At the contract implementation creation, you have to create a class that implements IContract defined at the first step.

  public class ContractImplementation : IContract

      public string Concatenate(string parameter1, string parameter2)                      

          return parameter1 + parameter2; 

4.    Host configuration

    At the Host, the contract implementation is registered by using the ExternalDataExchangeService class.

    The input properties can be set by using the second parameter from the CreateWorkflow method.

    The return parameter can be retrieved using the OutputParameters property from the WorkflowCompletedEventArgs class, at the WorkflowCompleted event.

using (WorkflowRuntime workflowRuntime = new WorkflowRuntime())

  workflowRuntime.WorkflowCompleted += delegate(
          object sender, WorkflowCompletedEventArgs e) 
      // this is where we can get the return value 
  ExternalDataExchangeService externalDataExchangeService = new ExternalDataExchangeService();  

  // add the external data exchange service to the runtime 

  // add the external method implementation to the local services 
  // this is where we add the object(that implements IContract)
  // that is going to be invoked by the CallExternalMethodActivity 
  externalDataExchangeService.AddService(new ContractProject.ContractImplementation()); 

  Dictionary<string, object> parameters = new Dictionary<string, object>(); 

  // add both paramenters  
  parameters.Add("Parameter1ToConcat", "1"); 
  parameters.Add("Parameter1ToConcat", "2"); 

  WorkflowInstance instance = workflowRuntime.CreateWorkflow(
              typeof(WorkflowConsoleApplication1.Workflow1), parameters);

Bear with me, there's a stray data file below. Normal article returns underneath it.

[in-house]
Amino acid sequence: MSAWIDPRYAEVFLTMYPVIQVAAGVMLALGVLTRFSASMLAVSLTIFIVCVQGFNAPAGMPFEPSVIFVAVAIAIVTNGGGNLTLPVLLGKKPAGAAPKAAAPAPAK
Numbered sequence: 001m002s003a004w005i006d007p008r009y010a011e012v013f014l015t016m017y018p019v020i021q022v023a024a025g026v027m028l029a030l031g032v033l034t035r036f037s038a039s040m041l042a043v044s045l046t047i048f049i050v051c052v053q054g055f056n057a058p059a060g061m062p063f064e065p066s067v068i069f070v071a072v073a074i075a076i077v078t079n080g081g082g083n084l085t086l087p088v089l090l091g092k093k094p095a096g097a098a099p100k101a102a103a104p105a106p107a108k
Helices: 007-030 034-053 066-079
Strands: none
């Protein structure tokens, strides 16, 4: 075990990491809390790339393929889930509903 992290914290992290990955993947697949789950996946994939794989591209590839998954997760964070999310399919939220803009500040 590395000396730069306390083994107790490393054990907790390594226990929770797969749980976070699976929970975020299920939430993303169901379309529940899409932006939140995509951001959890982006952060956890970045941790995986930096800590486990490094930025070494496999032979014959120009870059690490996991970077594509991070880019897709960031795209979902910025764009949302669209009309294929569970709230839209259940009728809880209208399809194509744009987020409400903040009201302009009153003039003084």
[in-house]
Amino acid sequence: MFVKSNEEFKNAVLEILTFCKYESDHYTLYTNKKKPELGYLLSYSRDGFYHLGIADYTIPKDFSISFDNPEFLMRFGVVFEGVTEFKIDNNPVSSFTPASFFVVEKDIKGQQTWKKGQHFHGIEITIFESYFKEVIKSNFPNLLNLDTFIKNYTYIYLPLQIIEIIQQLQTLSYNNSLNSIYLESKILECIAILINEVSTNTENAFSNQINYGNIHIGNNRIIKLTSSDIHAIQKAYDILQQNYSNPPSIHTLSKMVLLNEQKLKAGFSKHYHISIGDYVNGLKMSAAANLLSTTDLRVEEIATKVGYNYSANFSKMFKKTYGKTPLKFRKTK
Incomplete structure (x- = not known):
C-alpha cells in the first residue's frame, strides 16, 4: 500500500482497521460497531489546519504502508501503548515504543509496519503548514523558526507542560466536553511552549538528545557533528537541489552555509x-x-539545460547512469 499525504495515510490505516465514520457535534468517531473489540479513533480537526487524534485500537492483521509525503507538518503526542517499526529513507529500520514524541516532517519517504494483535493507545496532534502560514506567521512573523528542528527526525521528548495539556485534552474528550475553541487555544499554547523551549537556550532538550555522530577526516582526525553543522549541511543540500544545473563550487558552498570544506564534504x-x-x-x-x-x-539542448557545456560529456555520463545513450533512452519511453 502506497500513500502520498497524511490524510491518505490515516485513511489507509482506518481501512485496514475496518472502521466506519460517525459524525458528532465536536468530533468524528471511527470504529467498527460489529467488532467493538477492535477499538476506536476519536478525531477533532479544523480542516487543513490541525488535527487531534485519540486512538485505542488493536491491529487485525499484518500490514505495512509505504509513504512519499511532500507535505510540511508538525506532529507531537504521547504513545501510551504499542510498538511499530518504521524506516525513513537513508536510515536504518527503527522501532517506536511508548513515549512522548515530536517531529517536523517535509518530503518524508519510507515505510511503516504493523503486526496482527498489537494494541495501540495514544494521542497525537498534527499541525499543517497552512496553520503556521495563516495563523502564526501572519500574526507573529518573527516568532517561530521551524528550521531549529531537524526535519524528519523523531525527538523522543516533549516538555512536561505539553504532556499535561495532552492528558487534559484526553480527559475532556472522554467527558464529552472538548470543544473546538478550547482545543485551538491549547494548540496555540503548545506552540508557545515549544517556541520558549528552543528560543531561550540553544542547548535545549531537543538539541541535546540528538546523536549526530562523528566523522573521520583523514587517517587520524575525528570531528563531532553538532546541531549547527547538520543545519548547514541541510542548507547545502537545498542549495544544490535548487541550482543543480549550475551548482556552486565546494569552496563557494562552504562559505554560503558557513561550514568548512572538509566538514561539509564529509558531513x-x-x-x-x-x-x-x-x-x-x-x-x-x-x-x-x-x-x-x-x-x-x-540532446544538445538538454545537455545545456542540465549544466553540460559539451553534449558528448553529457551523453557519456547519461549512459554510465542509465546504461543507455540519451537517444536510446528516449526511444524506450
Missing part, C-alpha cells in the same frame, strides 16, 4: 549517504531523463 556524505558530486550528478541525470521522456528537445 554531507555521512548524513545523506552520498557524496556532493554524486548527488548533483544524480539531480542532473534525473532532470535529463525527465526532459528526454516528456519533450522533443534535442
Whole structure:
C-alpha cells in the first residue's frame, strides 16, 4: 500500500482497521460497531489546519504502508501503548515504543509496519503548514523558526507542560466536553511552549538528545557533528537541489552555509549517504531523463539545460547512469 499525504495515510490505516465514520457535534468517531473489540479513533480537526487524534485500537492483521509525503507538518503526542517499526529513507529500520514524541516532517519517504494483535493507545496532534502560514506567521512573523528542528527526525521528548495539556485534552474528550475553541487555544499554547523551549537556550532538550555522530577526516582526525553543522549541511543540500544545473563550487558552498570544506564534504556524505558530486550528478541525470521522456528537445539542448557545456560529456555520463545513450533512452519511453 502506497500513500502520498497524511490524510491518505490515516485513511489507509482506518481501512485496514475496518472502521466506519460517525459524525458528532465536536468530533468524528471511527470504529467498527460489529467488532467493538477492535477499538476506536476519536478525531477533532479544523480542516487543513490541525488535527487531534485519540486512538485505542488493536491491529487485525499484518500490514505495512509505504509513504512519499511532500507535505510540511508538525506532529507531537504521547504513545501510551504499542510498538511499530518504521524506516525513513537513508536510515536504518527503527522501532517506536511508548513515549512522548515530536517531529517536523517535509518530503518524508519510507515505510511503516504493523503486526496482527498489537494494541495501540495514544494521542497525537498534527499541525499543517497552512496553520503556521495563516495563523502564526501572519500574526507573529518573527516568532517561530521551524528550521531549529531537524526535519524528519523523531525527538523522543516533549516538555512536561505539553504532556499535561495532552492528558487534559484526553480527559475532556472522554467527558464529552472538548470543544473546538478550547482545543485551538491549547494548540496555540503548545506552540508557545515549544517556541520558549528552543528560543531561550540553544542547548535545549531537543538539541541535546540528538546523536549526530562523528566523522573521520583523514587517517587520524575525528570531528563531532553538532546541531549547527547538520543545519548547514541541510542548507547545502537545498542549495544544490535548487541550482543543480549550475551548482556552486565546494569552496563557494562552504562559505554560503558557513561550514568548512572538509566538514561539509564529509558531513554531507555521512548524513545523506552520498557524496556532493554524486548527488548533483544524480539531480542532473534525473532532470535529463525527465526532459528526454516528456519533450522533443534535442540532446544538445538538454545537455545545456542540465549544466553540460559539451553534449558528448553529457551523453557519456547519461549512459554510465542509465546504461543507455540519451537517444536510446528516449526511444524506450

Como executar pesquisas ao estado de um Workflow de máquina de estados

Um Workflow de máquina de estados permite que sejam efectuadas pesquisas sobre uma instância.

 Para tal deve-se usar um objecto da classe StateMachineWorkflowInstance (System.Workflow.Activities), que permite por exemplo obter a seguinte informação de uma instância:

  • O estado corrente;
  • As transições possiveis;
  • O Histórico das transições;
  • Enumerar todos os estados da máquina de estados


StateMachineWorkflowInstance stateMachineWorkflowInstance = new StateMachineWorkflowInstance(workflowRuntime, instanceId);

//obter o estado corrente
StateActivity currentStateActivity = stateMachineWorkflowInstance.CurrentState;

//obter os estados possíveis de acordo com o estado corrente
ReadOnlyCollection<string> possibleStateTransitions = stateMachineWorkflowInstance.PossibleStateTransitions;

//só funciona se SqlTrackingService está a ser usado
ReadOnlyCollection<string> stateHistory = stateMachineWorkflowInstance.StateHistory;

//obter todos os estados
ReadOnlyCollection<StateActivity> stateActivitiesList = stateMachineWorkflowInstance.States;